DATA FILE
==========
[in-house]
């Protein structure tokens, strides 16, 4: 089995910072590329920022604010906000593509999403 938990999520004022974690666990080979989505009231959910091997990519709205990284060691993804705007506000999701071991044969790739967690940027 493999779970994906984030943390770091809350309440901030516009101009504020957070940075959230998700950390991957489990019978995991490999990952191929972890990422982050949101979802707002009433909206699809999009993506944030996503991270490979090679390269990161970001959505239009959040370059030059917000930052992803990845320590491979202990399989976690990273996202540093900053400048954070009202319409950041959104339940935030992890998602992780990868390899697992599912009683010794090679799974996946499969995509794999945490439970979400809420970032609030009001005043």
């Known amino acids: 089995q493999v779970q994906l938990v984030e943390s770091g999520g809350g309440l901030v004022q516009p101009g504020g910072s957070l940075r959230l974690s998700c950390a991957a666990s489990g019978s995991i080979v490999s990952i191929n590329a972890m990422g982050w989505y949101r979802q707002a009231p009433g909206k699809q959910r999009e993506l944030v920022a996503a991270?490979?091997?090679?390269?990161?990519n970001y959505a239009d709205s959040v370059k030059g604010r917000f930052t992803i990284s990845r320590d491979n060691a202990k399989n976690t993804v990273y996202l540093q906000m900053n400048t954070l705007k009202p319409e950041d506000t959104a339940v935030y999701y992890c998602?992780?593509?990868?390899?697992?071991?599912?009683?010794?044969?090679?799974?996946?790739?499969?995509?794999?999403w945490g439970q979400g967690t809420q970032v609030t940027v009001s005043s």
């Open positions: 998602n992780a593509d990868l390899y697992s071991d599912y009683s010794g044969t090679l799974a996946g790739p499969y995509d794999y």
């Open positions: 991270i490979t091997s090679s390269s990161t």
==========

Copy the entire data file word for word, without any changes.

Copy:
[in-house]
């Protein structure tokens, strides 16, 4: 089995910072590329920022604010906000593509999403 938990999520004022974690666990080979989505009231959910091997990519709205990284060691993804705007506000999701071991044969790739967690940027 493999779970994906984030943390770091809350309440901030516009101009504020957070940075959230998700950390991957489990019978995991490999990952191929972890990422982050949101979802707002009433909206699809999009993506944030996503991270490979090679390269990161970001959505239009959040370059030059917000930052992803990845320590491979202990399989976690990273996202540093900053400048954070009202319409950041959104339940935030992890998602992780990868390899697992599912009683010794090679799974996946499969995509794999945490439970979400809420970032609030009001005043």
């Known amino acids: 089995q493999v779970q994906l938990v984030e943390s770091g999520g809350g309440l901030v004022q516009p101009g504020g910072s957070l940075r959230l974690s998700c950390a991957a666990s489990g019978s995991i080979v490999s990952i191929n590329a972890m990422g982050w989505y949101r979802q707002a009231p009433g909206k699809q959910r999009e993506l944030v920022a996503a991270?490979?091997?090679?390269?990161?990519n970001y959505a239009d709205s959040v370059k030059g604010r917000f930052t992803i990284s990845r320590d491979n060691a202990k399989n976690t993804v990273y996202l540093q906000m900053n400048t954070l705007k009202p319409e950041d506000t959104a339940v935030y999701y992890c998602?992780?593509?990868?390899?697992?071991?599912?009683?010794?044969?090679?799974?996946?790739?499969?995509?794999?999403w945490g439970q979400g967690t809420q970032v609030t940027v009001s005043s």
């Open positions: 998602n992780a593509d990868l390899y697992s071991d599912y009683s010794g044969t090679l799974a996946g790739p499969y995509d794999y």
């Open positions: 991270i490979t091997s090679s390269s990161t």